I know I've said it before, but I'll say it again. Kindle is probably the best human invention after panty hose. For the gadget to be able to change the mind of an old fashioned reader like me who used to think that a book is something with pages made of paper that you can leaf through says a lot about how good it is.
Apart from the functions of checking word meanings by placing the cursor next to the new word and highlighting notes which can be extracted to a computer file for later, one can also download samples of books and read the beginning part before deciding whether to buy it. We can say goodbye to the days of condemning a book to a forgotten space on the shelf reading a few pages and finding that it is not suitable.
Kindle users have invested a sizeable amount of money to buy the gadget to begin with, so it will only make economic sense for them to make buying books from Amazon a habit. Take my Kindle, which costs USD189 (plus the USD60 for the cover), for an example. If I only ever buy, say, five e-books, how expensive they will be on average if the cost of the Kindle is put into the equation, compared with if I will buy a few hundred in the long run? And while this makes economic sense to the consumer, it certainly also makes business sense to Amazon.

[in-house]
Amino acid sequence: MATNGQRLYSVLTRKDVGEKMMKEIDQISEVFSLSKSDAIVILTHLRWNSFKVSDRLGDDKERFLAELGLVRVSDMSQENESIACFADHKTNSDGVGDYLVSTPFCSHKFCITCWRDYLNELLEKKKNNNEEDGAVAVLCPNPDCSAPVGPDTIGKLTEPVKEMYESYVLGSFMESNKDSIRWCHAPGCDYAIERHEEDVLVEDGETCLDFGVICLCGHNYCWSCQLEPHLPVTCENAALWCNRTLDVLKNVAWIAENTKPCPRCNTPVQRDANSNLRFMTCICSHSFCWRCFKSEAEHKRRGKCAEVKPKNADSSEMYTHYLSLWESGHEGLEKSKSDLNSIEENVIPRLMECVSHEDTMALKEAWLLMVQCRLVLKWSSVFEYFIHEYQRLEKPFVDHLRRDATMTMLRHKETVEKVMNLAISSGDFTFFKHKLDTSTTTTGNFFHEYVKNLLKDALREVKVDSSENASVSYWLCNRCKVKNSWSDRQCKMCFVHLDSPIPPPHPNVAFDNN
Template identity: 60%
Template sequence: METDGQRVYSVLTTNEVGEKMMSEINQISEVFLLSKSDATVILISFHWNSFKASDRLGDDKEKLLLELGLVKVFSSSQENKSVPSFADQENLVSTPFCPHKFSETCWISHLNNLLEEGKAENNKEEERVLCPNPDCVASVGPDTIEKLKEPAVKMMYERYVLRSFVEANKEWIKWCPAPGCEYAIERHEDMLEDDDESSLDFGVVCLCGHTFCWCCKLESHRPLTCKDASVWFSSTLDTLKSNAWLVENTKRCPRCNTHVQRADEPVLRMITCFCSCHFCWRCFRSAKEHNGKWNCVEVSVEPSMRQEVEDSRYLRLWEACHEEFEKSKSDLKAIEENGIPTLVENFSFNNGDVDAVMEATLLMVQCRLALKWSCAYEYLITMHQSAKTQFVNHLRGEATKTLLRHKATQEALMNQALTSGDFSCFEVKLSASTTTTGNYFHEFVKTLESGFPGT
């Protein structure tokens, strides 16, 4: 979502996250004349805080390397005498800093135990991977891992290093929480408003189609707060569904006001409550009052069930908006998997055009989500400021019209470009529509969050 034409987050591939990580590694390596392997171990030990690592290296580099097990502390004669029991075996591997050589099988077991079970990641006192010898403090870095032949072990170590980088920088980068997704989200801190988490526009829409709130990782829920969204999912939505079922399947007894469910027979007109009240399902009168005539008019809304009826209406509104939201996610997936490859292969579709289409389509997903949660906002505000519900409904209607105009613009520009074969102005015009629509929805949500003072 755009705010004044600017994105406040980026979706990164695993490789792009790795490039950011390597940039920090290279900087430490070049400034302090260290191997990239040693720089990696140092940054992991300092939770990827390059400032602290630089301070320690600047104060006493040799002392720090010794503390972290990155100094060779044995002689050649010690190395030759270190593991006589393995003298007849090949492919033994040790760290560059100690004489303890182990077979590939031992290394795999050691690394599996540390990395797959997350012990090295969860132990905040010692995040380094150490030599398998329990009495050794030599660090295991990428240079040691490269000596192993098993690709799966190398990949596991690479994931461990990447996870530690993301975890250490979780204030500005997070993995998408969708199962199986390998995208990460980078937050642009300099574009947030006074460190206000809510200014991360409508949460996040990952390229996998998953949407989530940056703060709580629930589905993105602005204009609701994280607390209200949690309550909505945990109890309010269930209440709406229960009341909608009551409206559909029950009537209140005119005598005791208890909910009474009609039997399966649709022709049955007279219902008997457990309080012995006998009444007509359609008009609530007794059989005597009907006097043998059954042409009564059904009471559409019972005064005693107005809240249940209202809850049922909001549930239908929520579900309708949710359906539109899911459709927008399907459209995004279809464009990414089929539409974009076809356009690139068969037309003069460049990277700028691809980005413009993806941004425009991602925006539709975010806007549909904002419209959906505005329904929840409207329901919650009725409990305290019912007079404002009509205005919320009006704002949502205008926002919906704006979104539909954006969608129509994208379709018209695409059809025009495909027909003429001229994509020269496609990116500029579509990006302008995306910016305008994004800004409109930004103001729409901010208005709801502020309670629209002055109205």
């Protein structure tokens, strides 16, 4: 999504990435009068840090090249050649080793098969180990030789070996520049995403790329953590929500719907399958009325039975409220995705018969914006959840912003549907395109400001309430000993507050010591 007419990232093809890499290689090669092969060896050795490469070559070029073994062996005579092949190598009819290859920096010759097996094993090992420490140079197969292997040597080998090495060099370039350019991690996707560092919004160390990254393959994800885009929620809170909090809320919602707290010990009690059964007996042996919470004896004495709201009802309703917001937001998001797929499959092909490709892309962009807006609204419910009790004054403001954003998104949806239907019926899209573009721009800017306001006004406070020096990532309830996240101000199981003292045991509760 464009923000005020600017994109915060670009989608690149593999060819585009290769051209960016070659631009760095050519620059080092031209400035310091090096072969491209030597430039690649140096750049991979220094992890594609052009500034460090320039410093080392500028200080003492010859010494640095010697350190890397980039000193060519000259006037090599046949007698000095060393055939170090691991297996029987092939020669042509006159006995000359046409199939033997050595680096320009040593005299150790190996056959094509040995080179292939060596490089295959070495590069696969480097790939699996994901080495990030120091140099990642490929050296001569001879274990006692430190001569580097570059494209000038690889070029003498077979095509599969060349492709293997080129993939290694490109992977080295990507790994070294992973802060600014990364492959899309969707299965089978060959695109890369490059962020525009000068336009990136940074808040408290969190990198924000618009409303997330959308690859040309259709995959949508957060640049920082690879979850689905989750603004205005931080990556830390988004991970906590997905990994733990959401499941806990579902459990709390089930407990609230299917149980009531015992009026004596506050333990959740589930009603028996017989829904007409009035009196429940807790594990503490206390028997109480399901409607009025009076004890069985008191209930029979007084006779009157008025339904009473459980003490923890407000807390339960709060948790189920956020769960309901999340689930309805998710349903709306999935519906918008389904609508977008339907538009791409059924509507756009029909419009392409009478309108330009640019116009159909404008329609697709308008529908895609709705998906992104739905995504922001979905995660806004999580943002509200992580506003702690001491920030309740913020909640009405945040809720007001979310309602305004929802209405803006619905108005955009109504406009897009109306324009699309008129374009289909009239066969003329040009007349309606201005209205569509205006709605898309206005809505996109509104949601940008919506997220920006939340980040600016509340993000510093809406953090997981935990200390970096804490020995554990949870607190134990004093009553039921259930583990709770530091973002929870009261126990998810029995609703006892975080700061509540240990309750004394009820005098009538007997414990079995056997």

Enabling the consumer to read book samples will no doubt promote book sales. I fear that the flip side of it is that writers will put ever more effort in writing brilliant book openings just to lure readers into making a purchase. But then this probably has always been the case before the days of e-books. Apart from "judging a book by its cover", do consumers in a bookshop not make the decision of whether to buy a book by scanning it and reading the first few pages of it?